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Bitter Fruit
by Andrew L. McFarlane

I loved the Mac.

Snapshots:

Macintosh IIeDuring my freshman year in college, I helped write a manual for the 15 Apple Computers that comprised our media lab. My computer experience at the time was limited to green and black screened IBMs and these Apple things had color, funny little folders and no C: prompt. I remember the day the 3 Apple IIe's arrived. We spent hours just typing on them, marveling at the smooth manner in which the keys depressed and released as we typed rambling paragraphs.

I loved Apple.

Mac Classic III worked for a paper called the Lake Country Gazette. From copy to ads to printing, the operation was 100% Mac. Even though I used a relatively archaic Mac Classic II, it still seemed to perform far above anything I could find in an increasingly PC world. My style of writing evolved (I believe) in large part as a response to the Mac OS environment. A lot of dragging and dropping, cutting and pasting and an eye as I was writing to what the finished layout would look like.

I loved Macs.

Performa 638Finally, I bought my own, the sturdy and dependable Performa 638. It wasn't a PowerPC, no Intel inside, but it served me well for a year and a half. By my no doubt biased estimates it put out more web pages than any other single computer in northern Michigan. It took whatever I wanted to put into it: photos, PC text, sound and video and put out whatever I asked it to. Yesterday, it left for its new home with my mother.

I still love that computer.

PowerCenter Pro 180Now I've got a new computer, a PowerComputing Mac clone. It is, as we say in our office, "Smokin' Bad". Fast, powerful -- everything I've ever wanted in a computer. Even though the company that made it was swallowed up after a too brief (and too successful) run at the Mac market, I love it anyway.

But I don't love Apple.

Not anymore.

WHAT APPLE HAS TO SAY

Guy Kawasaki:
Excerpted from EvangaList Web Site
Guy Kawasaki"The bottom line on the clone issue is this: our greatest barrier is the public's perception that Apple is going to die, so it is afraid to buy Macintoshes. Short-term profitability has become not simply a financial issue but a marketing one!...

Had we not bought the license back we would have continued to lose money, and therefore the public's confidence that we would survive...

the issue was very complex, and the decision was made with a lot of gnashing of teeth, but it's done, and we're moving on. I hope this provides some clarification. I close with this thought: Doubt is not the opposite of faith. Doubt is part of faith.
"
For the full text

Steve Jobs:
Excerpted from a leaked e-mail
Subject: Apple Acquires Power Computing
Sent: 9/2/97 7:34 AM
From: Steve Jobs, sjobs@apple.com
Reply-To: response@apple.com
To: apple_employees$@group.apple.com

Steve Jobs"Today Apple is acquiring Power Computing for Apple common stock valued at $100 million.

Let me explain why we are doing this:

The primary reason is that the license fee Apple receives from the licensees does not begin to cover their share of the expenses to engineer and market the Mac OS platform. This means that, in essence, Apple is giving a several hundred dollar subsidy with each licensed copy of the Mac OS. Our Board is convinced that if Apple continues this practice the company will never return to profitability, no matter how well Apple performs, and the entire Macintosh "ecosystem" will continue to decline, eventually killing both Apple and the clone manufacturers. This scenario has no winners - and customers end up with no Macintosh choice...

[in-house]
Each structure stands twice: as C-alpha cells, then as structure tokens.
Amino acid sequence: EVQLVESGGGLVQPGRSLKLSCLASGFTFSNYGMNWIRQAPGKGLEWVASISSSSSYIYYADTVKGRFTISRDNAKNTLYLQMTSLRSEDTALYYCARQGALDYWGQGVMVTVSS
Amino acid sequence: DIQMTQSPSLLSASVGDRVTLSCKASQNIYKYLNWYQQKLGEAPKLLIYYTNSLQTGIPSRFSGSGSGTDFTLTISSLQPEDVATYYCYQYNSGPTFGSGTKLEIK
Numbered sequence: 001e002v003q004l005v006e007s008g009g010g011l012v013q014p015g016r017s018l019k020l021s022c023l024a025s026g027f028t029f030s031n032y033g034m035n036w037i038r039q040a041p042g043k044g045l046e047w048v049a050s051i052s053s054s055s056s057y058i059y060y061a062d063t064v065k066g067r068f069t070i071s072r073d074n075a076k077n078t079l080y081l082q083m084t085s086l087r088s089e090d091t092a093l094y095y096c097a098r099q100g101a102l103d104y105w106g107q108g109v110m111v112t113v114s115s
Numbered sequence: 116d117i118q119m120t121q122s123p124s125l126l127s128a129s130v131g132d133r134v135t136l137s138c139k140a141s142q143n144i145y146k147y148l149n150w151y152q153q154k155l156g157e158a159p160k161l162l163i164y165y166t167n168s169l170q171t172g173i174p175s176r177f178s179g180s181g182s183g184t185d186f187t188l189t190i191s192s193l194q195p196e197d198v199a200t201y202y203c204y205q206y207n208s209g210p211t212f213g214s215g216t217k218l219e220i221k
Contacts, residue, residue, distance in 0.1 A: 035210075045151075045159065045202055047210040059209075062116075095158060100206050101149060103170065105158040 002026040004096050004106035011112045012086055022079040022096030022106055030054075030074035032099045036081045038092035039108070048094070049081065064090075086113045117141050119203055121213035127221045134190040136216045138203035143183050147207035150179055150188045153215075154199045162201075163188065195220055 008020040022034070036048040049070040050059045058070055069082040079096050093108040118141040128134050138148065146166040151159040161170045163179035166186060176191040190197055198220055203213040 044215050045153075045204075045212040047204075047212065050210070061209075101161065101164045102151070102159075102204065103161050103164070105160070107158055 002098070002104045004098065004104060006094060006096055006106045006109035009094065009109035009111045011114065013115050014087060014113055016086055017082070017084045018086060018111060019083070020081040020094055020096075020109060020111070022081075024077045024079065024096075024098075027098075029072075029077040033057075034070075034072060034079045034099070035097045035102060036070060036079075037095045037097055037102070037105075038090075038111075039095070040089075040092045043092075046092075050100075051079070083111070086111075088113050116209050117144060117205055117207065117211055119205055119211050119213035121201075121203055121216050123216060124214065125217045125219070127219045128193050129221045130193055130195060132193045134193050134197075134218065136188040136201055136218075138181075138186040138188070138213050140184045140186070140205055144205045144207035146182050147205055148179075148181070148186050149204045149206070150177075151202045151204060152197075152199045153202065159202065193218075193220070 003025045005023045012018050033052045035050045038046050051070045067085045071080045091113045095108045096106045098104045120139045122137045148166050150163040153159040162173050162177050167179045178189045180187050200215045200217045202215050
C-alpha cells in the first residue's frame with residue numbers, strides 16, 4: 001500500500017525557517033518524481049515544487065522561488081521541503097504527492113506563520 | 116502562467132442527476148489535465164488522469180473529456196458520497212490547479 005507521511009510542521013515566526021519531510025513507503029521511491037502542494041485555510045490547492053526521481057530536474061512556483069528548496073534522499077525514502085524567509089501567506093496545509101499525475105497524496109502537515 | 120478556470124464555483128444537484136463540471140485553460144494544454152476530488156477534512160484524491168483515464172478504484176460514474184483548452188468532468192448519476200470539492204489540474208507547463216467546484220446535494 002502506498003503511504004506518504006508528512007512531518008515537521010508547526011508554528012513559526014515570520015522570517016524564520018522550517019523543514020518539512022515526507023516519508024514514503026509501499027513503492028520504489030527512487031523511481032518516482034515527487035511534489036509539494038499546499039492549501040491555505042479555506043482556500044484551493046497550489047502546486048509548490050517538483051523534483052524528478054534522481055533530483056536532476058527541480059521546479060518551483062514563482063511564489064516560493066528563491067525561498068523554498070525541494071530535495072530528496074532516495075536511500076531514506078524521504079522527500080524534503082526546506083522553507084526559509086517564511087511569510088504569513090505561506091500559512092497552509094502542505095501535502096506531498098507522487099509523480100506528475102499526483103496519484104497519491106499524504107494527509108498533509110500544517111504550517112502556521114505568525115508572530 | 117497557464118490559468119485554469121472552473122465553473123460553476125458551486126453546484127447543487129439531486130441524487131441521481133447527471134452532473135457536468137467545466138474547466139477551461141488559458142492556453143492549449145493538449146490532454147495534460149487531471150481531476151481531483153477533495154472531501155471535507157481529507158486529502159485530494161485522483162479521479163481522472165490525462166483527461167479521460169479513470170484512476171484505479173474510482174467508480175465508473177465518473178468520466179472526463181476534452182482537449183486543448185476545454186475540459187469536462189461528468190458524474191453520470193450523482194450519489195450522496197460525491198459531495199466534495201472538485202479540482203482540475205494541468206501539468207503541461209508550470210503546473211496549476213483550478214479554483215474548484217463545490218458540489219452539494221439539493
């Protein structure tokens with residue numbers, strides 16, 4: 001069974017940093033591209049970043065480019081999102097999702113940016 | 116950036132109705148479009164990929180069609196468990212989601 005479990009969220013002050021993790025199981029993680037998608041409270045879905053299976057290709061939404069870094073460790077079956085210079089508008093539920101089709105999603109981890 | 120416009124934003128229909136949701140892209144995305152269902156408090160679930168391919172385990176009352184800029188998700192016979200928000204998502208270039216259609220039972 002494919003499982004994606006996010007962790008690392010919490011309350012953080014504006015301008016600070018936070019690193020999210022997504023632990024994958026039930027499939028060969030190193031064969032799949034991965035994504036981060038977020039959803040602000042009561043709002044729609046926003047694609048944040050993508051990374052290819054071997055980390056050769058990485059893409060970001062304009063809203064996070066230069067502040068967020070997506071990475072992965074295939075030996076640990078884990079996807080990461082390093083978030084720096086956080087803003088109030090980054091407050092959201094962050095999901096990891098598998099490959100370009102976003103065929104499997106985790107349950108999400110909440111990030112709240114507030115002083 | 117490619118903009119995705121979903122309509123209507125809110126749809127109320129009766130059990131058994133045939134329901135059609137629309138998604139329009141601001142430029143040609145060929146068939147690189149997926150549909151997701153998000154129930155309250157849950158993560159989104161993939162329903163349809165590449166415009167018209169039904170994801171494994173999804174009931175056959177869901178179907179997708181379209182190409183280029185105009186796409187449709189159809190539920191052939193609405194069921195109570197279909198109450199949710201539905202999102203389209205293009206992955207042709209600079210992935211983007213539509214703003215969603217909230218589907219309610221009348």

"
For the full text
I stood by Apple through the lean times, when the mere mention of working on a Mac was enough to put a "Let's commit him to the home now" look in the eyes of my PC friends. When Apple licensed clone makers: Motorola, Umax and PowerComputing, I saw a light at the end of the tunnel as MacOS systems began to emerge with more power and lower price tags. Whe Apple bought Steve Jobs' company NeXT and started talking about a modern OS that would run on Macs and PCs, I stopped thinking of my next computer as a Wintel box. When MacOS 8 came out and surprised me (and most everyone else) by emerging a) On time and b) More solid and full-featured than expected, I decided to get a new computer.

Research, pricing and a lot of e-mails to Mac-users all over the country led me to purchase the PowerCenter Pro two weeks ago. The day I got it set up and running, rumors about an Apple buyout of PowerComputing started to fly. Now the rumors are fact and the innovative hardware I bought into looks doomed to extinction. Power will make PC laptops.

Joy.

Apple passes the move off as a confidence builder, saying that Apple's decreasing market share vis a vis Mac clones was eroding consumer and investor confidence.

I had no idea that George Orwell was still around, let alone working in Apple's Public Relations Department...

I also failed to get that promised confidence boost. In fact, for the first time in my computer-using life, I have totally and utterly lost faith in the Mac. It looked as if the Mac platform had a chance of being better, faster and competitive in price and performance with Wintel. That, I fear, will never be. Apple has retreated from redemption, has turned and crouched about its shrinking revenues. It seems as if Apple Computer will learn the hard way that 100% of nothing isn't worth a whole lot.

I used to love the Mac.

Manitou Publishing Company is in no way affiliated with Apple Computer, Inc.. Apple, the Apple logo, and Macintosh are registered trademarks and Mac OS is a trademark of Apple Computer, Inc. Power Computing and PowerCenter are trademarks of Power Computing, Inc.
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